I came across this excellent engraving from the Illustrated London news which is going through ebay at the moment for £18.50, it is so tempting.

Sunday, 19 June 2011

South East view of Ramsgate at the Margate Museum

I know I have posted this print before, however a few things have changed since the last posting. One of them being my election to Ramsgate Town Council and my remit by RTC to look into and compile data of the whereabouts of Ramsgate art and artefact's in local government ownership that may have been once the property of the Borough of Ramsgate before local government organisation .
This print titled "South East view of Ramsgate from Mount Albion" spent about twenty years of it's life hanging up at the Judges lodgings at Stone House in Maidstone and was returned to the Margate Museum sometime in 2006. The lodgings were sold off in March 2007 , the main complaint about the Maidstone lodgings was about the furniture and style of decoration. 'They are a bit vulgar and naff. Not really to the taste of an elderly gentleman - or anyone for that matter,' said one former High Court judge. "Independent on Sunday".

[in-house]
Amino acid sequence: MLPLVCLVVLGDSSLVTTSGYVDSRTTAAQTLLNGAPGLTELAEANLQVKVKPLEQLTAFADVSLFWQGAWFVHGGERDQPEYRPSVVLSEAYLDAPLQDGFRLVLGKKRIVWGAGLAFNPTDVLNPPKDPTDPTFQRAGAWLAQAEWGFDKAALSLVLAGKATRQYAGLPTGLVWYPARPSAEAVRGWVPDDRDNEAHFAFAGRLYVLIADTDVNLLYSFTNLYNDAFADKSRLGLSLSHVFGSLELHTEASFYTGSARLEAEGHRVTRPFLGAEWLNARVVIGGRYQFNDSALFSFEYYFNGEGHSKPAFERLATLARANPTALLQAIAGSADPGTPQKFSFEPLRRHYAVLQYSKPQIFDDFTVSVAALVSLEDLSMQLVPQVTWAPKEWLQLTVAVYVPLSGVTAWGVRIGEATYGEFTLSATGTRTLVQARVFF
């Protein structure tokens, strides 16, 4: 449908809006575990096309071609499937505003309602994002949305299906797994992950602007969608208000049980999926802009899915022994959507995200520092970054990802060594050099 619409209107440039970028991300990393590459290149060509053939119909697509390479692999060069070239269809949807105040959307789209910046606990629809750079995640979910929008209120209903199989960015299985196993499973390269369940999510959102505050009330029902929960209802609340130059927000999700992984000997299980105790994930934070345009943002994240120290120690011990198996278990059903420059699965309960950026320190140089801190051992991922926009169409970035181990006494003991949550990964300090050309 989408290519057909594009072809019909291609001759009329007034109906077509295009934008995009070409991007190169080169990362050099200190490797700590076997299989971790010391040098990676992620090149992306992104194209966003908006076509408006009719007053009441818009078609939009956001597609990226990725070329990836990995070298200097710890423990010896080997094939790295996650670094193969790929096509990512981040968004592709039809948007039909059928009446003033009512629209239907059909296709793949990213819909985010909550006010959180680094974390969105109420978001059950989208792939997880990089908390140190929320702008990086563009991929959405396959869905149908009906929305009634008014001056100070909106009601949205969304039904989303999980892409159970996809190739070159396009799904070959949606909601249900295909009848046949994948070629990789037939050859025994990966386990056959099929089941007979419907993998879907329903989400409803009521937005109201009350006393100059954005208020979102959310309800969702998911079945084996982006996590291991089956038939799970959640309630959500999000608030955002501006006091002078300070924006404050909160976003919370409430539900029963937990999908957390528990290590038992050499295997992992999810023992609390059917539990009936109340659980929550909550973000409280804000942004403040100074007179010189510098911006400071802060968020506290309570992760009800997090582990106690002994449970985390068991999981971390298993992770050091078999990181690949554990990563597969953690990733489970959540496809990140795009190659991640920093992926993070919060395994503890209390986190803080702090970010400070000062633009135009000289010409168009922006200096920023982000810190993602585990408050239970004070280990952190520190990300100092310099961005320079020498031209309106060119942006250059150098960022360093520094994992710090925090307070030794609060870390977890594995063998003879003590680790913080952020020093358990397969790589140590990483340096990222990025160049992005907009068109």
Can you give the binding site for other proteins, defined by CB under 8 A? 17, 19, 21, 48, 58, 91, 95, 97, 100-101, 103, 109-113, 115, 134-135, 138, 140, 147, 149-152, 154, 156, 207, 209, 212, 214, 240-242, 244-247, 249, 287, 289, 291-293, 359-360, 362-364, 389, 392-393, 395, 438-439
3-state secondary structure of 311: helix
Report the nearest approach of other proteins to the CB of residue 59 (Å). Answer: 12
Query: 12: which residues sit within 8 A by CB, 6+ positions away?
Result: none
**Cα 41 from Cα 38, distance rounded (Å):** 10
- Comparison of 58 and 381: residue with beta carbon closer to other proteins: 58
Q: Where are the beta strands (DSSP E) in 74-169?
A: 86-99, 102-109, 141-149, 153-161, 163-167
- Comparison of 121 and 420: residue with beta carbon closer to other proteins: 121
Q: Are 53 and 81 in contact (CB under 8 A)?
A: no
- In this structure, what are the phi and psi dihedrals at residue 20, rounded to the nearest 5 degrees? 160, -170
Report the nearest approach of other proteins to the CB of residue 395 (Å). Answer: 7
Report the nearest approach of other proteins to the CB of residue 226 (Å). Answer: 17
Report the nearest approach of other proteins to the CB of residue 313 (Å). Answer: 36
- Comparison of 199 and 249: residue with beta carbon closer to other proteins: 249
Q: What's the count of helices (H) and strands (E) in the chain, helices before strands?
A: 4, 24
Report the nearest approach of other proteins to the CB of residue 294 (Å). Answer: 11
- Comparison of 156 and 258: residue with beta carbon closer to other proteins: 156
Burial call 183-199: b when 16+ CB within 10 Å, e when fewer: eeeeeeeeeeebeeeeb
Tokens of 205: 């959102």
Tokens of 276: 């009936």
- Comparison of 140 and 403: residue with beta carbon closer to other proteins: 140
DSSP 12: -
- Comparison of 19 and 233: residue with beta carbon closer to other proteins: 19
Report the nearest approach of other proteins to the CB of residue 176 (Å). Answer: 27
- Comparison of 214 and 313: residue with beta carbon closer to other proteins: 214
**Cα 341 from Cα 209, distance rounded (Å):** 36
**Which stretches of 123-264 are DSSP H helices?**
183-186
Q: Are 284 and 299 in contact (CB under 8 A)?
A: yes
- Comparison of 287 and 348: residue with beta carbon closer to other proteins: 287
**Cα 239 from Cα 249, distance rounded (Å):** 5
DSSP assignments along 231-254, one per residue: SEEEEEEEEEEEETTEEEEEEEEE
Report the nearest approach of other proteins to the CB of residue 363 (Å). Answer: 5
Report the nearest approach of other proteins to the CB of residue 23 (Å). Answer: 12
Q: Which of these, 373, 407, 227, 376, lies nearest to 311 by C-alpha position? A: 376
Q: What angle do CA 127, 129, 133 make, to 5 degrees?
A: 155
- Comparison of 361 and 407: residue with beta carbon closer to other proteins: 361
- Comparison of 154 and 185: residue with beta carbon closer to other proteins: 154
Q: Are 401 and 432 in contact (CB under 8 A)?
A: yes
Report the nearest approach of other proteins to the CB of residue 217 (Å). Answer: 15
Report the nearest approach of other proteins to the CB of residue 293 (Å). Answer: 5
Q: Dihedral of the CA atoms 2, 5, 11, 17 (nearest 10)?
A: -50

Amongst the "vulgar and naff" were twenty loan items from the Thanet District Council art collection loaned out some time in the 1980's (not sure of the date). When the loaned prints were returned back to the Margate Museum most of them were hung up in a line above the seating of the upstairs former magistrates court at the museum and can be seen today when the museum is open . Amongst the collection is a modern Broadstairs print and the Ramsgate print which have never been on public display since local government reorganisation in 1974 until 2007.
Today, I had a look at the Ramsgate print in the Margate Museum to glean some further details , the text below the print reads as follows "South East view of Ramsgate from Mount Albion" "As it appears on the morning of July 23rd 1840" "When a beautiful water spout crossed the sky from S.W to N.N.E thirty eight before twelve at noon continuing about ten minutes". To the right of this text is a poem and to the left there is seventeen references to parts of Ramsgate. The artist or engraver was difficult to read but I will return with a jewellers loup to carry out further examination.